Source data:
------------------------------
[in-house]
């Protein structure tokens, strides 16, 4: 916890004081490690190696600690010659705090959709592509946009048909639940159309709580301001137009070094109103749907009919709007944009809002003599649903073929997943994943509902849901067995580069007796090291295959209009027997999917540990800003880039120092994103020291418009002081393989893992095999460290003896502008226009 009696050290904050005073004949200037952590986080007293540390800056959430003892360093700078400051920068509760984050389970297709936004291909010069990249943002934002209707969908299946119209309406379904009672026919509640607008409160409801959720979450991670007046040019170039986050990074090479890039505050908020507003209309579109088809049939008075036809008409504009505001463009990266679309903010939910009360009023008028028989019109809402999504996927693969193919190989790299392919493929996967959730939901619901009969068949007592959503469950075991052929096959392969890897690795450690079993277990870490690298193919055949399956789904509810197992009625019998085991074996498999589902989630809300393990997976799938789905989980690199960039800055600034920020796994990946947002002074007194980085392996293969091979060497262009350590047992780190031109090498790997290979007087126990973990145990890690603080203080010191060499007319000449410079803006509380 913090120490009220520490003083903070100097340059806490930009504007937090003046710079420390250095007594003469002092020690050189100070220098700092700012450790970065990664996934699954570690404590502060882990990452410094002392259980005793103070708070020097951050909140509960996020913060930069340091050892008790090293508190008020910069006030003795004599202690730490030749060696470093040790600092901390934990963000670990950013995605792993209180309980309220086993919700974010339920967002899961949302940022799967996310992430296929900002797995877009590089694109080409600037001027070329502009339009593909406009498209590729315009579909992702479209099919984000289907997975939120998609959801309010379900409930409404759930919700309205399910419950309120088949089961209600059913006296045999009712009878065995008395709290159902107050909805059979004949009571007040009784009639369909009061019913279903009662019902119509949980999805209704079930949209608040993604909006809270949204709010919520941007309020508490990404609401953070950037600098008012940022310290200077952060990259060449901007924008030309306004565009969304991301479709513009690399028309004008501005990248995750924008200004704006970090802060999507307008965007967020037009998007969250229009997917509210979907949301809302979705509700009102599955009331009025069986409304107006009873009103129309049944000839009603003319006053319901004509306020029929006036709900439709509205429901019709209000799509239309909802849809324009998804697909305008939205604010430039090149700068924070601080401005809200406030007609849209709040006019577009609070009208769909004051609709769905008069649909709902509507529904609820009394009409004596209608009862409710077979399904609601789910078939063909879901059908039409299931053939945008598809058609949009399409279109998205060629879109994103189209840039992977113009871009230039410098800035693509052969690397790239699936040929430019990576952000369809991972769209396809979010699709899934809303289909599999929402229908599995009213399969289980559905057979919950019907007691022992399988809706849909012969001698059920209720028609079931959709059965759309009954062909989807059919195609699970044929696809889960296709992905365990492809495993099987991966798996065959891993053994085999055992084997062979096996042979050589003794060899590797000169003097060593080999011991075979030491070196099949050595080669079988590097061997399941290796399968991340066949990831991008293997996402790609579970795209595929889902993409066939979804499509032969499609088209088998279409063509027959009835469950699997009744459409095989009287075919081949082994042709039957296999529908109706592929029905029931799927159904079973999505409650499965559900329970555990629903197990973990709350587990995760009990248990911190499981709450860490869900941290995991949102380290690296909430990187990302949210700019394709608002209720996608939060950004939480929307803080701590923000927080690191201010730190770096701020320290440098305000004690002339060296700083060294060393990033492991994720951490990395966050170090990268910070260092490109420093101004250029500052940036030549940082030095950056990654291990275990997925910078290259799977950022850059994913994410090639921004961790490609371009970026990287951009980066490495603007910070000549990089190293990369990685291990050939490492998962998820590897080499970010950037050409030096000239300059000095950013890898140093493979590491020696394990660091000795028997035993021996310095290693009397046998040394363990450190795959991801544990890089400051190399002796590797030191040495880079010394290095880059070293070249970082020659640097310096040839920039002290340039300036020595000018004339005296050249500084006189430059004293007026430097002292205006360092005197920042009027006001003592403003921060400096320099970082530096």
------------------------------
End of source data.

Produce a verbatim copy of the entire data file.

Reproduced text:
[in-house]
């Protein structure tokens, strides 16, 4: 916890004081490690190696600690010659705090959709592509946009048909639940159309709580301001137009070094109103749907009919709007944009809002003599649903073929997943994943509902849901067995580069007796090291295959209009027997999917540990800003880039120092994103020291418009002081393989893992095999460290003896502008226009 009696050290904050005073004949200037952590986080007293540390800056959430003892360093700078400051920068509760984050389970297709936004291909010069990249943002934002209707969908299946119209309406379904009672026919509640607008409160409801959720979450991670007046040019170039986050990074090479890039505050908020507003209309579109088809049939008075036809008409504009505001463009990266679309903010939910009360009023008028028989019109809402999504996927693969193919190989790299392919493929996967959730939901619901009969068949007592959503469950075991052929096959392969890897690795450690079993277990870490690298193919055949399956789904509810197992009625019998085991074996498999589902989630809300393990997976799938789905989980690199960039800055600034920020796994990946947002002074007194980085392996293969091979060497262009350590047992780190031109090498790997290979007087126990973990145990890690603080203080010191060499007319000449410079803006509380 913090120490009220520490003083903070100097340059806490930009504007937090003046710079420390250095007594003469002092020690050189100070220098700092700012450790970065990664996934699954570690404590502060882990990452410094002392259980005793103070708070020097951050909140509960996020913060930069340091050892008790090293508190008020910069006030003795004599202690730490030749060696470093040790600092901390934990963000670990950013995605792993209180309980309220086993919700974010339920967002899961949302940022799967996310992430296929900002797995877009590089694109080409600037001027070329502009339009593909406009498209590729315009579909992702479209099919984000289907997975939120998609959801309010379900409930409404759930919700309205399910419950309120088949089961209600059913006296045999009712009878065995008395709290159902107050909805059979004949009571007040009784009639369909009061019913279903009662019902119509949980999805209704079930949209608040993604909006809270949204709010919520941007309020508490990404609401953070950037600098008012940022310290200077952060990259060449901007924008030309306004565009969304991301479709513009690399028309004008501005990248995750924008200004704006970090802060999507307008965007967020037009998007969250229009997917509210979907949301809302979705509700009102599955009331009025069986409304107006009873009103129309049944000839009603003319006053319901004509306020029929006036709900439709509205429901019709209000799509239309909802849809324009998804697909305008939205604010430039090149700068924070601080401005809200406030007609849209709040006019577009609070009208769909004051609709769905008069649909709902509507529904609820009394009409004596209608009862409710077979399904609601789910078939063909879901059908039409299931053939945008598809058609949009399409279109998205060629879109994103189209840039992977113009871009230039410098800035693509052969690397790239699936040929430019990576952000369809991972769209396809979010699709899934809303289909599999929402229908599995009213399969289980559905057979919950019907007691022992399988809706849909012969001698059920209720028609079931959709059965759309009954062909989807059919195609699970044929696809889960296709992905365990492809495993099987991966798996065959891993053994085999055992084997062979096996042979050589003794060899590797000169003097060593080999011991075979030491070196099949050595080669079988590097061997399941290796399968991340066949990831991008293997996402790609579970795209595929889902993409066939979804499509032969499609088209088998279409063509027959009835469950699997009744459409095989009287075919081949082994042709039957296999529908109706592929029905029931799927159904079973999505409650499965559900329970555990629903197990973990709350587990995760009990248990911190499981709450860490869900941290995991949102380290690296909430990187990302949210700019394709608002209720996608939060950004939480929307803080701590923000927080690191201010730190770096701020320290440098305000004690002339060296700083060294060393990033492991994720951490990395966050170090990268910070260092490109420093101004250029500052940036030549940082030095950056990654291990275990997925910078290259799977950022850059994913994410090639921004961790490609371009970026990287951009980066490495603007910070000549990089190293990369990685291990050939490492998962998820590897080499970010950037050409030096000239300059000095950013890898140093493979590491020696394990660091000795028997035993021996310095290693009397046998040394363990450190795959991801544990890089400051190399002796590797030191040495880079010394290095880059070293070249970082020659640097310096040839920039002290340039300036020595000018004339005296050249500084006189430059004293007026430097002292205006360092005197920042009027006001003592403003921060400096320099970082530096």